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World J Clin Oncol. Nov 10, 2010; 1(1): 18-23
Published online Nov 10, 2010. doi: 10.5306/wjco.v1.i1.18
Microfluidics: Emerging prospects for anti-cancer drug screening
Donald Wlodkowic, Zbigniew Darzynkiewicz
Donald Wlodkowic, Auckland Microfabrication Facility, Department of Chemistry, University of Auckland, 1142 Auckland, New Zealand
Zbigniew Darzynkiewicz, Brander Cancer Research Institute, Department of Pathology, New York Medical College, Valhalla, NY 10595, United States
Author contributions: Wlodkowic D and Darzynkiewicz Z contributed to the design and wrote the manuscript.
Correspondence to: Dr. Donald Wlodkowic, MSc, PhD, Assistant Professor, Auckland Microfabrication Facility, Department of Chemistry, University of Auckland, 23 Symonds Street, 1142 Auckland, New Zealand.
Telephone: +64-9-3737599 Fax: +64-9-3737422
Received: April 21, 2010
Revised: July 27, 2010
Accepted: August 3, 2010
Published online: November 10, 2010

Cancer constitutes a heterogenic cellular system with a high level of spatio-temporal complexity. Recent discoveries by systems biologists have provided emerging evidence that cellular responses to anti-cancer modalities are stochastic in nature. To uncover the intricacies of cell-to-cell variability and its relevance to cancer therapy, new analytical screening technologies are needed. The last decade has brought forth spectacular innovations in the field of cytometry and single cell cytomics, opening new avenues for systems oncology and high-throughput real-time drug screening routines. The up-and-coming microfluidic Lab-on-a-Chip (LOC) technology and micro-total analysis systems (μTAS) are arguably the most promising platforms to address the inherent complexity of cellular systems with massive experimental parallelization and 4D analysis on a single cell level. The vast miniaturization of LOC systems and multiplexing enables innovative strategies to reduce drug screening expenditures while increasing throughput and content of information from a given sample. Small cell numbers and operational reagent volumes are sufficient for microfluidic analyzers and, as such, they enable next generation high-throughput and high-content screening of anti-cancer drugs on patient-derived specimens. Herein we highlight the selected advancements in this emerging field of bioengineering, and provide a snapshot of developments with relevance to anti-cancer drug screening routines.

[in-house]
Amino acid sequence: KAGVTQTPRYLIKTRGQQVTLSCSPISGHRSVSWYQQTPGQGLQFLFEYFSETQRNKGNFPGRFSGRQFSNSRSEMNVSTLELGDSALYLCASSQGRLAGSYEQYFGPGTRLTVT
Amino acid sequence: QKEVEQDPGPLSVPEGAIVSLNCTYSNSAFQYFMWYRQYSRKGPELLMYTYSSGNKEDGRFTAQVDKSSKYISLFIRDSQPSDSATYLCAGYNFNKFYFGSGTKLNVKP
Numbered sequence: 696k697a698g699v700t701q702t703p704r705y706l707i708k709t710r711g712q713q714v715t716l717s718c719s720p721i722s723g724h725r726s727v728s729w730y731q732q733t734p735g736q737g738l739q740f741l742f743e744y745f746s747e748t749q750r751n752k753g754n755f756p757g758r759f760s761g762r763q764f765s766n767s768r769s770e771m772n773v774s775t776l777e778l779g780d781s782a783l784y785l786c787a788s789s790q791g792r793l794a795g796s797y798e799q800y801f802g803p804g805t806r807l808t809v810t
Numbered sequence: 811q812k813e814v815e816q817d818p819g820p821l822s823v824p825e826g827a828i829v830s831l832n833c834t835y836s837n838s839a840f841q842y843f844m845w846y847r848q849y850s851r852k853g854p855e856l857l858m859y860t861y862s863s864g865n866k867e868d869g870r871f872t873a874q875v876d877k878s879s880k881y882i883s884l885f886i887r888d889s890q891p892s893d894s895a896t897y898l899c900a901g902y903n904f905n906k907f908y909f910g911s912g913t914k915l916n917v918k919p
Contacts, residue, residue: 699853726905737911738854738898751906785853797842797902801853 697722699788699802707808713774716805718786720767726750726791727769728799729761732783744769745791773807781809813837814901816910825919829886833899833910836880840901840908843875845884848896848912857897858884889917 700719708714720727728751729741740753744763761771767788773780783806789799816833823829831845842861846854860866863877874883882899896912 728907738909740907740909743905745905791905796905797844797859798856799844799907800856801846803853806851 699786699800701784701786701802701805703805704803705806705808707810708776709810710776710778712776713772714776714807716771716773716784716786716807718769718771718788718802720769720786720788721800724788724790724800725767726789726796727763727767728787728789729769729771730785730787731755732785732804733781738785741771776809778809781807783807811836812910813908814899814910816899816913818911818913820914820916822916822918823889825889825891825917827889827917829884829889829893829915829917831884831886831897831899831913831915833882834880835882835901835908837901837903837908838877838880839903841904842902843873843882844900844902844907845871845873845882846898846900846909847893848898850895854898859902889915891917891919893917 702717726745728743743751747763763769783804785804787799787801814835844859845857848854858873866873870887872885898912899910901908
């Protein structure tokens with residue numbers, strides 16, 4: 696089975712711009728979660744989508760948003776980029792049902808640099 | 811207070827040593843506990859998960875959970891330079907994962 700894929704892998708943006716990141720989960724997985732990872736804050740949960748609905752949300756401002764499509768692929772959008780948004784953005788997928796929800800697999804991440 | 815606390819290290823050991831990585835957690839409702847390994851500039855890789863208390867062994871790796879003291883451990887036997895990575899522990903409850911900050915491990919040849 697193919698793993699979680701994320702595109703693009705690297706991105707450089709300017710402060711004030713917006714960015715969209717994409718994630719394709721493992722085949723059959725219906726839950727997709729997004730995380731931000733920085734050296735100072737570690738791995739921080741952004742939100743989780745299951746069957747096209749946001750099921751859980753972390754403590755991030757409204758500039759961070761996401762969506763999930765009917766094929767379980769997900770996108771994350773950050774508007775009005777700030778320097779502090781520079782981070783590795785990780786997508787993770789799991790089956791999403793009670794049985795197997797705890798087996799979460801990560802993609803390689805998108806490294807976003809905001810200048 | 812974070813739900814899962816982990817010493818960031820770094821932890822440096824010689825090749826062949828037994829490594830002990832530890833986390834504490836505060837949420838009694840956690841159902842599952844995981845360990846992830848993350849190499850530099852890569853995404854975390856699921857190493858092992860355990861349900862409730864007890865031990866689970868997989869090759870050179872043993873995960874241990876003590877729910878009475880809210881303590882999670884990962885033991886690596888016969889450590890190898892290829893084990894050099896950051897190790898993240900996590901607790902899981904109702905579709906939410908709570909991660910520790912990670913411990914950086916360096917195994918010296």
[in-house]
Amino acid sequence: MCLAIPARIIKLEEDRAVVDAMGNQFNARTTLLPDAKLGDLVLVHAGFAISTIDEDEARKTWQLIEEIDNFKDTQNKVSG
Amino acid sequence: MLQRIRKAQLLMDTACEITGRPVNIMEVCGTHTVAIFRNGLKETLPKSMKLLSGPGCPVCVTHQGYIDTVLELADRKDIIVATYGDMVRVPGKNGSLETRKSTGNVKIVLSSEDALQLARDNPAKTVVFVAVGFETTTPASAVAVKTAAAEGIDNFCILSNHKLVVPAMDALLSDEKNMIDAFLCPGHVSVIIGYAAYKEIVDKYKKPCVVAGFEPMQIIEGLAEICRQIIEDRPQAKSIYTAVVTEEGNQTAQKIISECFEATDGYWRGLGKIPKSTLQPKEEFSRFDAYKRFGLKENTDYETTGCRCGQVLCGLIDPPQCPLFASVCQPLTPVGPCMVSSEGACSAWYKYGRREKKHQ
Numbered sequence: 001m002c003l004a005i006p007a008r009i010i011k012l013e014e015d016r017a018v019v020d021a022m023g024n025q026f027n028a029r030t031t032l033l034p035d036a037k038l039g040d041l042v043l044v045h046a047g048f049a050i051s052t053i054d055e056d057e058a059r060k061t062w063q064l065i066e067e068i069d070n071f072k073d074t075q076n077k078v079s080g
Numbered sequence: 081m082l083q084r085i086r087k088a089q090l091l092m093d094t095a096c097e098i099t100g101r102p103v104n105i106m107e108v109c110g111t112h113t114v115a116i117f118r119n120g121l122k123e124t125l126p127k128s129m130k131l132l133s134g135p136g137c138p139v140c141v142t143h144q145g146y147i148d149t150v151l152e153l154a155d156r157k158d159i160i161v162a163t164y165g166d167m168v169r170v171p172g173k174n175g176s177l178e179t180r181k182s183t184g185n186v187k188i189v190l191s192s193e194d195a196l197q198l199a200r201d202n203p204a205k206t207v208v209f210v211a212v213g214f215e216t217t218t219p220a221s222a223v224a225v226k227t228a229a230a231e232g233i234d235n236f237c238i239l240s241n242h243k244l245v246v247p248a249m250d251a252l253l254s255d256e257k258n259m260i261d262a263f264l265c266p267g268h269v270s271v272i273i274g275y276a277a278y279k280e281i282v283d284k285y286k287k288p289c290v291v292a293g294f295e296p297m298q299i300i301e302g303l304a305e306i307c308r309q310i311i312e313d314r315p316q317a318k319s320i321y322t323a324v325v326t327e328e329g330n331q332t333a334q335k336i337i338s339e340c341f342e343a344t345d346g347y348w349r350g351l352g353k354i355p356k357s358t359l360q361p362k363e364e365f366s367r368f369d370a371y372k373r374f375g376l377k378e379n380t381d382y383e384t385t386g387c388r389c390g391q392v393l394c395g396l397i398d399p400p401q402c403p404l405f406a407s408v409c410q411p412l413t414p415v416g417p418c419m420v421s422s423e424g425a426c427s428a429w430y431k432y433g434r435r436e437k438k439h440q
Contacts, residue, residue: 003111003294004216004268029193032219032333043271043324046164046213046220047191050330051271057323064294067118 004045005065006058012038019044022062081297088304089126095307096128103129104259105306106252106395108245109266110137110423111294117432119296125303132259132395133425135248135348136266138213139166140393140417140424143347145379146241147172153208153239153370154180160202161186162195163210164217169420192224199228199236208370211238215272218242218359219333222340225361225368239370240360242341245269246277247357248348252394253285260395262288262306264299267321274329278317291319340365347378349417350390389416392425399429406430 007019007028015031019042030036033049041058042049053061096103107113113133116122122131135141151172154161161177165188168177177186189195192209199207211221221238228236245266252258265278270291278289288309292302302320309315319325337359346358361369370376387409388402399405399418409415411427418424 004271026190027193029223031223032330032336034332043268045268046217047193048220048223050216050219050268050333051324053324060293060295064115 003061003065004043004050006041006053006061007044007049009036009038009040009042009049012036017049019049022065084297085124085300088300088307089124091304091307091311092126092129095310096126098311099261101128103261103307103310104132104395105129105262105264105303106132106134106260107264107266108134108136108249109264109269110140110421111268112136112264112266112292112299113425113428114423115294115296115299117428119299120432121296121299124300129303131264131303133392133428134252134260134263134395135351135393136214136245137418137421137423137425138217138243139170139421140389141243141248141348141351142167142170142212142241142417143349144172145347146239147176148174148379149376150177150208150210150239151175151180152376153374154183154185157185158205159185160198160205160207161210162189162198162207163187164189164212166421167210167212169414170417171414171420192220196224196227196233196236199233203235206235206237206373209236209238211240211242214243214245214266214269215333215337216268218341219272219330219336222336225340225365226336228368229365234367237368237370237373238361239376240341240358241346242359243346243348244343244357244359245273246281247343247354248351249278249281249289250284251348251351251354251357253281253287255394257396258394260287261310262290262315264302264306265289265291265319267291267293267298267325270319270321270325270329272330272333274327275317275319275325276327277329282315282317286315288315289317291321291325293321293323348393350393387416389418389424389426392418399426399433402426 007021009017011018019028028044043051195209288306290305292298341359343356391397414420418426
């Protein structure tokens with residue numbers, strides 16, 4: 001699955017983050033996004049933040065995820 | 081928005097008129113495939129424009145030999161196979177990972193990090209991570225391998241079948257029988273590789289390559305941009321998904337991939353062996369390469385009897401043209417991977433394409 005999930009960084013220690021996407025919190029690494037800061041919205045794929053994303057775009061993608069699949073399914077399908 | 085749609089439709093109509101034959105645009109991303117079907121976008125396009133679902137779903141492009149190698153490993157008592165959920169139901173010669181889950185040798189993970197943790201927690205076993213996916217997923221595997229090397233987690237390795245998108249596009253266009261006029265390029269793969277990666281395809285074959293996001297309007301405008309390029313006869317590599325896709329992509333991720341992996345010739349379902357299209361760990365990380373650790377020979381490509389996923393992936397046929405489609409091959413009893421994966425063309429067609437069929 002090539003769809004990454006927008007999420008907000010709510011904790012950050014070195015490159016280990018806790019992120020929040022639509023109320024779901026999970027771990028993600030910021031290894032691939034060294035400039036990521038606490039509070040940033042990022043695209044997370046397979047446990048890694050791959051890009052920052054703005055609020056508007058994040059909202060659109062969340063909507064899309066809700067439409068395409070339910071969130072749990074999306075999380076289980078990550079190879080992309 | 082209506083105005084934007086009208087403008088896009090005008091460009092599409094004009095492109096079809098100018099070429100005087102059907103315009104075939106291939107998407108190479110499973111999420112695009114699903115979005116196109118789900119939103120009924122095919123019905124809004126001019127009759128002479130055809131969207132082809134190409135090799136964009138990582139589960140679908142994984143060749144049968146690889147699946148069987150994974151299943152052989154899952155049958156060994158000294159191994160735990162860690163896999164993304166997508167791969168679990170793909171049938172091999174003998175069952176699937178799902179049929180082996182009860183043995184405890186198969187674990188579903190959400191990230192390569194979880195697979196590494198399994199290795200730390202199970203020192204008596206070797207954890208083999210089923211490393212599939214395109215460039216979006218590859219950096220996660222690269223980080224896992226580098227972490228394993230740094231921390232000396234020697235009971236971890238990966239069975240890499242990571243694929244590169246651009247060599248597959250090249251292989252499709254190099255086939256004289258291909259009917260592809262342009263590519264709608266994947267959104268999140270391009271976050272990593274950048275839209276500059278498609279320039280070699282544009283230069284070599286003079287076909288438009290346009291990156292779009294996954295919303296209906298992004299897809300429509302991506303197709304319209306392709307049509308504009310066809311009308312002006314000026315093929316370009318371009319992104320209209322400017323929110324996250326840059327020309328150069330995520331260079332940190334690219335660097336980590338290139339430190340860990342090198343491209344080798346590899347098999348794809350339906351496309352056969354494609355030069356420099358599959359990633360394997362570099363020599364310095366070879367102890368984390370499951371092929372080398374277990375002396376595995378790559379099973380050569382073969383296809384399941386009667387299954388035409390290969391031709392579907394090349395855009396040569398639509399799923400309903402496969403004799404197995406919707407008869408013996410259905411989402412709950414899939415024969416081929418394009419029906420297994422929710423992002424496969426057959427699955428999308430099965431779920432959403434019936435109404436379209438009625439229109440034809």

Keywords: Microfluidics, Lab-on-a-chip, Cytometry, Cytomics, Cancer, Anti-cancer drugs, Cancer therapy, Drug screening